One man, who was found with a firearm and bullets in his home without a license, initially appeared a little bit more confident than the others. He leans forward and places his hand firmly on the stand. This confidence wanes, however, as it becomes apparent that his defense attorney is not going to persuade the judge that no bail be required. The attorney’s plea that this man is a “well-regarded, well-known individual with no history of domestic violence” does not sway Judge Mitchell against setting a bail term of $2500 and issuing a temporary order of protection for this man’s wife and children.

Another man decides to fast track the process and enter a guilty plea. Judge Mitchell clarifies with the man to make sure he understands that he is waiving the right to trial. The man agrees and brings a little comedic relief into an otherwise tense environment. He turns around to face the court spectators, waves his hands in the air and exclaims “Hasta la vista!” as the police escort him back to the jail situated under the courthouse, often dubbed as “the Tombs.”

Other cases arraigned that night include possession of narcotics, operating a vehicle without a license, stealing bananas from a commercial truck and possession of an air gun. Most of these offenses are misdemeanors and punishable with a maximum prison term of one year. According to Assistant District Attorney James Vinocur, misdemeanors make up a large number of arraignments that take place during the night sessions. Last year, the court reported a total of 102,876 arraignments taking place in New York City Criminal Court, though specific numbers were not reported for the night sessions.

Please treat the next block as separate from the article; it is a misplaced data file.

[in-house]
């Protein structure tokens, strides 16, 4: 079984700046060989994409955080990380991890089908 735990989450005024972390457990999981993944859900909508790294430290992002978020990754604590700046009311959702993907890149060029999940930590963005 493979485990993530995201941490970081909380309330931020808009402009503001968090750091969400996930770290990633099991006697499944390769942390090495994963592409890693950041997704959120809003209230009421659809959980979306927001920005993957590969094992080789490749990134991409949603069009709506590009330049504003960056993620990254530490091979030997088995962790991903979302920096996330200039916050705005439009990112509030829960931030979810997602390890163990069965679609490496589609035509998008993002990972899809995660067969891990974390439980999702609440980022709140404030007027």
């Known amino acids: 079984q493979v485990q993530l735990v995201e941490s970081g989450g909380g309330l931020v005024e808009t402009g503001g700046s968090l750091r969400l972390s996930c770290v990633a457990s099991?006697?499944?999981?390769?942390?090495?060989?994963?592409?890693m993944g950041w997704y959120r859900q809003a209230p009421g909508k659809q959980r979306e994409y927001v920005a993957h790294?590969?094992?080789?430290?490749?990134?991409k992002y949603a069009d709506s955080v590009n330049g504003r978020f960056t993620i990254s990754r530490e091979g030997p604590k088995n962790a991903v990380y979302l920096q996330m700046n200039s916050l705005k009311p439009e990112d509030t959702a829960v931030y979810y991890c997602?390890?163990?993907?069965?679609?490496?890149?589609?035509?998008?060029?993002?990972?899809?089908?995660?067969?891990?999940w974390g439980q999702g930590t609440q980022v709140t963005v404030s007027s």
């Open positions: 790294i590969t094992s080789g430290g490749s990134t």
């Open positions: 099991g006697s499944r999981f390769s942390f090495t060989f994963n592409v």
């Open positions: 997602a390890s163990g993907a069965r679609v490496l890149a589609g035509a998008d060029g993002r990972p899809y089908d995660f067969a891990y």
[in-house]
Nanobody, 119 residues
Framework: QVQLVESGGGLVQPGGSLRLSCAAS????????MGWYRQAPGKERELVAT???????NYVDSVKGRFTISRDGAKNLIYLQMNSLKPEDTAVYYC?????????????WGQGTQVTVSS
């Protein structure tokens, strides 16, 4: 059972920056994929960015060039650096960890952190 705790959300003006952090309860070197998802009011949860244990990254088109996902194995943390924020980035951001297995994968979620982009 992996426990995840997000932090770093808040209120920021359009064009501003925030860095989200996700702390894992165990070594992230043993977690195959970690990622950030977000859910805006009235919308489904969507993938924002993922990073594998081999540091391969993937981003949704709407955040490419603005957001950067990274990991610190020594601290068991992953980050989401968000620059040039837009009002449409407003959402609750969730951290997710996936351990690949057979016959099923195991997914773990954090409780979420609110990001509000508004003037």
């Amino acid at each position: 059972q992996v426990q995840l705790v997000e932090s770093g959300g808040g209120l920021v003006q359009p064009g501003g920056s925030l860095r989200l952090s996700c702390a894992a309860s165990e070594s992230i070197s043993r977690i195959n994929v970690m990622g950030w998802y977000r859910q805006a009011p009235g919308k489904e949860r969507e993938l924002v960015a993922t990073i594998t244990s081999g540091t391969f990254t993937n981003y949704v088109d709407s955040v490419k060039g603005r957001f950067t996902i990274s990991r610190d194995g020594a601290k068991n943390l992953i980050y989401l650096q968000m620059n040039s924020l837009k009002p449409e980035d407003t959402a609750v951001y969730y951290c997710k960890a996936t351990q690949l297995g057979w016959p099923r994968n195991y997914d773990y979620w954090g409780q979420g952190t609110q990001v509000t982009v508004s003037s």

At about 9.00pm, the judge, lawyers and police officers are momentarily relieved of this pressure for about an hour as the court takes a recess before they power through for the rest of the night.

It is no doubt a time welcomed by them all. Because the next day, they have to get up and do this all over again.

About author

Anisa Purbasari
Anisa Purbasari 3 posts

I'm a journalist based in New York currently completing my MA in Magazine Journalism at NYU. Before entering the journalism world, I was a lawyer in the technology, media and telecommunications sector. I am a native of Indonesia and New Zealand with an obsession for food, health, fitness, travel, business and all things media and internet related. When I'm not reporting, you can find me attempting to run along the East River or getting lost in a random New York neighborhood (probably with a big cup of coffee). You can find out more about me at anisapurbasarihorton.com